Sony VAIO logo
There are several different ways of looking at VAIO’s holographic cryptographic logo. The V and A and the I and O pairings are both representative of the male-female principle. These are archetypes that symbolise a concept in it’s essential and unchangeable form.
Inverted, AV stands for Audio-Video or Audio-Visual. IO stands for Input-Output.
As mentioned, I O is also binary if you transpose the letter I for the number 1 and the letter O for the number 0.
The VAIO logo was an early rendition of the trans-humanist family of font-types and corporate logos including for example PS2 evolving to become thinner, more elongated, minimalist, abstracted and digitized lettering that resemble symbols that computers can inherently understand.
Originally an acronym of Video Audio Integrated Operation, this was amended to Visual Audio Intelligent Organizer in 2008 to celebrate the brand’s 10th anniversary. The branding was created by Timothy Healy to distinguish items that integrate consumer audio and video with conventional computing products, such as the Sony VAIO W Series personal computer, which functioned as a regular computer and a miniature entertainment center. The VAIO logo also represents the integration of analog and digital technology with the ‘VA’ representing an analog wave and the ‘IO’ representing a digital binary code. Source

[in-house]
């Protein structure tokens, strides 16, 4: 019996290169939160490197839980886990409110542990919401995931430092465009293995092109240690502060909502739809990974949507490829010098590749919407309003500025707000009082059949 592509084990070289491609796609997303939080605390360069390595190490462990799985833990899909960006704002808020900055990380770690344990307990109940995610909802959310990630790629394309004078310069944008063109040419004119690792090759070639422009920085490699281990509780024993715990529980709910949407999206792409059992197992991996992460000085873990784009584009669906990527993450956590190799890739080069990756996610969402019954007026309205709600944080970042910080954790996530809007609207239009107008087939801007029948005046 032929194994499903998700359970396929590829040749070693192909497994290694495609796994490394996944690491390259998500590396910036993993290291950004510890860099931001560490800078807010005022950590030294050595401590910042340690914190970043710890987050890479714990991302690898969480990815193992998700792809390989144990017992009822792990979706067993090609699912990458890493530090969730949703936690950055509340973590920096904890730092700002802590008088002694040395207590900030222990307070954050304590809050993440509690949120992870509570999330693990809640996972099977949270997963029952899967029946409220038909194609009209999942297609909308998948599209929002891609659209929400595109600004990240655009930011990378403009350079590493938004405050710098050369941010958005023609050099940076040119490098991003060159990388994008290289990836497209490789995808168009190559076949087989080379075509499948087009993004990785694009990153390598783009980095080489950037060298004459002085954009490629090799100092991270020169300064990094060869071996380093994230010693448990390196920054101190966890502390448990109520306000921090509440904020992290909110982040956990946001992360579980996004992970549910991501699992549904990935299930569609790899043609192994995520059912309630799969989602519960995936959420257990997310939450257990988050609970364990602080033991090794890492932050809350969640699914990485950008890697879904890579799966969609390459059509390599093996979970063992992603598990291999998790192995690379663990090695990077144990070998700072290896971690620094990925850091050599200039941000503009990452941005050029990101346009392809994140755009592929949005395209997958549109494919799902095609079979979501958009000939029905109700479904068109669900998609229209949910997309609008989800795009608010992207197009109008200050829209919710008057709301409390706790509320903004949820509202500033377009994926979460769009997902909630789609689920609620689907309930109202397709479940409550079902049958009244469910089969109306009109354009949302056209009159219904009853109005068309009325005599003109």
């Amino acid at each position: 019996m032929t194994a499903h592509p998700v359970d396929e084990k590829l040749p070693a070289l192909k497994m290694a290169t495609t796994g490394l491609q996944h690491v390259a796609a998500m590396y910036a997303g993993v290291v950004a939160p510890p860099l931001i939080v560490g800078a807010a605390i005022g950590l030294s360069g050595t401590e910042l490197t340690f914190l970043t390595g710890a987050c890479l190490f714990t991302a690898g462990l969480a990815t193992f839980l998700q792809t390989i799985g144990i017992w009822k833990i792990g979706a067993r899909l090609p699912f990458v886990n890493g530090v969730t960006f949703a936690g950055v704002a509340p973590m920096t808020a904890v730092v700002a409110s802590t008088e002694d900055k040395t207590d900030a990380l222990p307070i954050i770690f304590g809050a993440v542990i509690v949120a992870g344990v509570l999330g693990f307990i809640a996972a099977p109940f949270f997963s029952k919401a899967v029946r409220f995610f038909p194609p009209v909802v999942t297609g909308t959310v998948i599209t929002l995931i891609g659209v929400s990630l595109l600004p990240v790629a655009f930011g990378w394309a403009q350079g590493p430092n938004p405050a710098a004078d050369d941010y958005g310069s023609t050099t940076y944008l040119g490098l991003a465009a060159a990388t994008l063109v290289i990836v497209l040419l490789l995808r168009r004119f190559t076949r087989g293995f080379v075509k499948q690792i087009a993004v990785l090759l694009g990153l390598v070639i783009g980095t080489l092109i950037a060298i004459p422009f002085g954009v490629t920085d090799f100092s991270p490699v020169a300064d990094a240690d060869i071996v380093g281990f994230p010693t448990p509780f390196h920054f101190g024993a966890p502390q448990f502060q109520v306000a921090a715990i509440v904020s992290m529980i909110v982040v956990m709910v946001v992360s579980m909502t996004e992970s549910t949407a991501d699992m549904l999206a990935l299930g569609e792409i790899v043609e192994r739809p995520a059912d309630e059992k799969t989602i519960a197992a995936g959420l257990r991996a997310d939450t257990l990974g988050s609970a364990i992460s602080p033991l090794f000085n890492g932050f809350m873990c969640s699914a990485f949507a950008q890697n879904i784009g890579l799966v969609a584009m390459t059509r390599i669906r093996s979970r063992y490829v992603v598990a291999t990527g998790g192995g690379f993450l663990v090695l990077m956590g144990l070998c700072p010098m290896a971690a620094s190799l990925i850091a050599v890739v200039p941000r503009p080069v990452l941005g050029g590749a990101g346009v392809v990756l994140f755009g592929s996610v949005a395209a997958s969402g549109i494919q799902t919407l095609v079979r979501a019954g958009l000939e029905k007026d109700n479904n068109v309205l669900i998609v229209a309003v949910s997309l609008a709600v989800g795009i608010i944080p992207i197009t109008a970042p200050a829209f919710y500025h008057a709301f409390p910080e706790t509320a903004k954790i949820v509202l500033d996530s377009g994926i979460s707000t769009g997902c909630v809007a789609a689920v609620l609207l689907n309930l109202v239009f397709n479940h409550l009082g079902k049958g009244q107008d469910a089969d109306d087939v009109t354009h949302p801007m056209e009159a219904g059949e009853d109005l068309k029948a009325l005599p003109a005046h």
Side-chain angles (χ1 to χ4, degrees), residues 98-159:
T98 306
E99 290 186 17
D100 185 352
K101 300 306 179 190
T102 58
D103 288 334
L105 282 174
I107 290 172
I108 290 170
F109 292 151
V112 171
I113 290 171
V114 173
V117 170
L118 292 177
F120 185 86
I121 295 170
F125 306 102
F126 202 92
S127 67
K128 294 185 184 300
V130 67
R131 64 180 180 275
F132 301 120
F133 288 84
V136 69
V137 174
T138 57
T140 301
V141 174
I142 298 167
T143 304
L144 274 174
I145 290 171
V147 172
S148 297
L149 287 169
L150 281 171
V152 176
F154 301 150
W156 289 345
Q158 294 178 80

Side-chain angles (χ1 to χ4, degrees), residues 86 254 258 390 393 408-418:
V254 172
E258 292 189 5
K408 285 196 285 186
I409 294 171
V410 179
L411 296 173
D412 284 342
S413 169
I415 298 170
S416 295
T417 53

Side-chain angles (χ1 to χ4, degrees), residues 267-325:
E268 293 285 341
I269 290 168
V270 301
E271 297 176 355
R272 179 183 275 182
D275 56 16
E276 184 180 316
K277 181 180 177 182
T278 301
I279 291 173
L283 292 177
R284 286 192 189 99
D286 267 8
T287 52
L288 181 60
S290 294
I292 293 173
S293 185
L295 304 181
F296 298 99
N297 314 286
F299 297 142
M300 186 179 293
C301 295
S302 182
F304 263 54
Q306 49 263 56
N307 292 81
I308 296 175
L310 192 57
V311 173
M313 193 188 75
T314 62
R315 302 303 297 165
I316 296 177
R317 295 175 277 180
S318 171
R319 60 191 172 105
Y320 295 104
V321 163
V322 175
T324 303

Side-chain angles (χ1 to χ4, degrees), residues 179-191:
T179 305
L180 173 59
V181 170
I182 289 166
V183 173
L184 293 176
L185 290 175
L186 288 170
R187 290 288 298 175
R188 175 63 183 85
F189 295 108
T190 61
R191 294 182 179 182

So as well as representing the male-female principle, the Sony VAIO logo also signifies the transition from the analog waveforms of the ‘real world’ to the binary bits of the digital realm.
The brand name Sony incidentally is an amalgam of ‘sonus’, meaning sound and ‘sonny’. Sonny was a popular term of endearment in Japan at the time of the companies founding. There is no Mr Sony or Sony dynasty only Sony Corporation.
Queen Victoria and King Albert represented the male-female principle.
The blade and cup
Blade from Da Vinci code
Chalice from Da Vinci code
The sun is masculine – the Holy Father, the son of God, Jesus, the Light of the World. The moon is feminine and associated with the goddess.
Ken Ward provides a table showing the dualist relationship of the sun and the moon, the male-female principle: